The ugliness that was twisting Nia up inside fled away to some dark and unreachable place.
“I don’t want to need you,” Kayelle said. “It’s not fair. You deserve better than that. But I do.”
Kayelle tightened her grip on Endings’ hilt.
“I always have,” she said.
“That’s not true,” Nia whispered. “You’ve never needed me. You were always Mom’s favorite.”
“You don’t remember,” Kayelle said, still speaking to the unhearing, sleeping form she stood watch over. “All the times when we were little, how Mother would make me play with you? Those were the only times I could relax. If something went wrong, it didn’t matter. It was just play. And it was just you. I didn’t have to be perfect for you.”
“But you were!” Nia said. “You were always better. At everything.”
Because she was older.
Nia looked at her sister and saw, for the first time, not the rival who was better than her in every measure, but another young woman who bore wounds so very similar to her own. In Kayelle, Nia saw someone who had been forced to shoulder the same expectations she had. Someone for whom none of the challenges Nia had faced had been any easier but who had been given even less room to fail.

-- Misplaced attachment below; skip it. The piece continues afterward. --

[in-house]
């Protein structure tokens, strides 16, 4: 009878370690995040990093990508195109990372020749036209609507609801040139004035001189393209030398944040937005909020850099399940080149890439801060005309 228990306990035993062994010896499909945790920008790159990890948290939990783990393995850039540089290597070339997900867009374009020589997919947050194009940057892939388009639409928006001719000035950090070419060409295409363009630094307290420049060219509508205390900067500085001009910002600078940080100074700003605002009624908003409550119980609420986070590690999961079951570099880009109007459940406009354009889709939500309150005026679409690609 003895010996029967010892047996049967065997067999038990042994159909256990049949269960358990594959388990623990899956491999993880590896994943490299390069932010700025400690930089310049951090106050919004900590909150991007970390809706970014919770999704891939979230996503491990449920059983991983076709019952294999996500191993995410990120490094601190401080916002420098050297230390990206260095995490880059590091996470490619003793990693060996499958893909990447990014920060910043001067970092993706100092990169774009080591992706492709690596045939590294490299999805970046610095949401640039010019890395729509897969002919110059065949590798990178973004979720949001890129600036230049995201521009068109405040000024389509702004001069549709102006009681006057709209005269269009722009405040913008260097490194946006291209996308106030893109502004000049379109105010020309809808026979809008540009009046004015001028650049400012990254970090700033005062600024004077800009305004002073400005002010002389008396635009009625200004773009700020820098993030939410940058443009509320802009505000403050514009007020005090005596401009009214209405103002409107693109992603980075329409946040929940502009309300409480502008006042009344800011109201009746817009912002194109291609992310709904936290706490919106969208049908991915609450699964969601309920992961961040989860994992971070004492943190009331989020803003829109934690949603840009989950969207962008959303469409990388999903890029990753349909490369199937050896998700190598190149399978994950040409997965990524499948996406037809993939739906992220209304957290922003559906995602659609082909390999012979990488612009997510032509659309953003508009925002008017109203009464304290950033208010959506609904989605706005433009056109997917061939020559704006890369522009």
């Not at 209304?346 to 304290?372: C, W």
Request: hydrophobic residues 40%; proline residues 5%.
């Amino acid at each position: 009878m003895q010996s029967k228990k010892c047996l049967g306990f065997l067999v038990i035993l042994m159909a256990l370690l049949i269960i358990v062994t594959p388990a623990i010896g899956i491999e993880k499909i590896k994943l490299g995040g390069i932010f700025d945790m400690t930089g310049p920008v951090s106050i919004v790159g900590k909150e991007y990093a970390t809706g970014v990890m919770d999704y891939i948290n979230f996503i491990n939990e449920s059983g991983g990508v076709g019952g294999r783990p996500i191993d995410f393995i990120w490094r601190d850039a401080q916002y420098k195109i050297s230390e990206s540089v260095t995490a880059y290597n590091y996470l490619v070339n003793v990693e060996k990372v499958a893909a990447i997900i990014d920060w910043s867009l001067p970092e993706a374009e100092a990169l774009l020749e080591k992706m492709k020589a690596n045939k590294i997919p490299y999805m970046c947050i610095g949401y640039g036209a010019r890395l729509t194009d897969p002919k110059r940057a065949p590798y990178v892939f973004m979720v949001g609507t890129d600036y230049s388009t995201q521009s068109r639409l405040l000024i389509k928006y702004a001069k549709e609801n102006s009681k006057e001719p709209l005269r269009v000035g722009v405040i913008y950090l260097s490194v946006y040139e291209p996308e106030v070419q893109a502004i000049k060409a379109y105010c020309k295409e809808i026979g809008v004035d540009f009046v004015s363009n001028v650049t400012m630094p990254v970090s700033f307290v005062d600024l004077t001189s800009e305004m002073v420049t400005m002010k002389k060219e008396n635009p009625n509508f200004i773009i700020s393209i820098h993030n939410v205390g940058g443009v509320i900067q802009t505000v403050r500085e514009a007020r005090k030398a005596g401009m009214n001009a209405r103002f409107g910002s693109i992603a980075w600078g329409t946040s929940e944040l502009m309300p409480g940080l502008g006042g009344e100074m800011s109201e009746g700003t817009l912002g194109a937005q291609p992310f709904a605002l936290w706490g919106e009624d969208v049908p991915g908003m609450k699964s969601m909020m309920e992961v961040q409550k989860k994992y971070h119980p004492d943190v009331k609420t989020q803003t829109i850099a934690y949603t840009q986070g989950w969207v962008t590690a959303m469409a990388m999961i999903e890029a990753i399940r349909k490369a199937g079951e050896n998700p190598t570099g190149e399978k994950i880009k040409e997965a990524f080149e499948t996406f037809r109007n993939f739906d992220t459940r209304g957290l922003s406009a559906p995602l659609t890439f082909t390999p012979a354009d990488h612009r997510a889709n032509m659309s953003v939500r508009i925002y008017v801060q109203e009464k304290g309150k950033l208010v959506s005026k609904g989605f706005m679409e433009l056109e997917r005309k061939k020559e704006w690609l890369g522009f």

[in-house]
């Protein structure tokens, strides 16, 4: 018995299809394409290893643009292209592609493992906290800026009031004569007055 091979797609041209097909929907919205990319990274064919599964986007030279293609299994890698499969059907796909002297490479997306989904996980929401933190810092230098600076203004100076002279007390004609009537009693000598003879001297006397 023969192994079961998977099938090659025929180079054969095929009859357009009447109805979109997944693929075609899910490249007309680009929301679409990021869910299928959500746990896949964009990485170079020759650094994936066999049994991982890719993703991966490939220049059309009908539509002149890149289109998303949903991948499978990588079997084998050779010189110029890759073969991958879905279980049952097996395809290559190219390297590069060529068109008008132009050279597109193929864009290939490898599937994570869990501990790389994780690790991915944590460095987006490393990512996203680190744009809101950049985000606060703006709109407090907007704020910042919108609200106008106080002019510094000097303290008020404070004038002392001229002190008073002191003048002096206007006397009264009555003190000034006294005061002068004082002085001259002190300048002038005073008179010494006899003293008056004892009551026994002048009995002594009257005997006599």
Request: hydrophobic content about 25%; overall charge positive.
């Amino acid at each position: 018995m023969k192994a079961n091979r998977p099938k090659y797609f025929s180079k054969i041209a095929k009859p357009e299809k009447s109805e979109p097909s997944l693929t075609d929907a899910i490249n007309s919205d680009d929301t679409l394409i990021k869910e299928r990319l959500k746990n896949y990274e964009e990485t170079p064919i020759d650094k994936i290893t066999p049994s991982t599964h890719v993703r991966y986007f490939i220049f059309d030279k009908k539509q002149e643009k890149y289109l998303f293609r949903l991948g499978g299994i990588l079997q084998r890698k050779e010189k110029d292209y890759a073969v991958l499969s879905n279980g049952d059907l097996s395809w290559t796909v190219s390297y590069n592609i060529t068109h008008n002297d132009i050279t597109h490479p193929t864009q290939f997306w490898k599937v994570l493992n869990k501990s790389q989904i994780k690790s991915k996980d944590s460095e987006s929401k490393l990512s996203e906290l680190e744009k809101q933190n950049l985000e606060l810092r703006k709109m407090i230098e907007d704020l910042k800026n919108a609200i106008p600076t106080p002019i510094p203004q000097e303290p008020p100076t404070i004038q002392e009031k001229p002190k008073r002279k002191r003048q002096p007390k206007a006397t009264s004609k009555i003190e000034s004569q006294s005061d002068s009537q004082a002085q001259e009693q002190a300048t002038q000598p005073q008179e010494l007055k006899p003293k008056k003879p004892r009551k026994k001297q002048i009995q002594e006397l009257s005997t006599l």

Kayelle hadn’t excelled because she was better than Nia. She excelled because she had no choice but to pay the cost that excellence required, even when that cost was enough to convince her to leave the Darkwood behind forever.
“I’ll tell you all this someday I guess,” Kayelle said, and then let her lips break into a faint smile. “It’s not like I haven’t given you a hundred kinds of hell all these years. The least I can do is tell you how important you are before I leave.”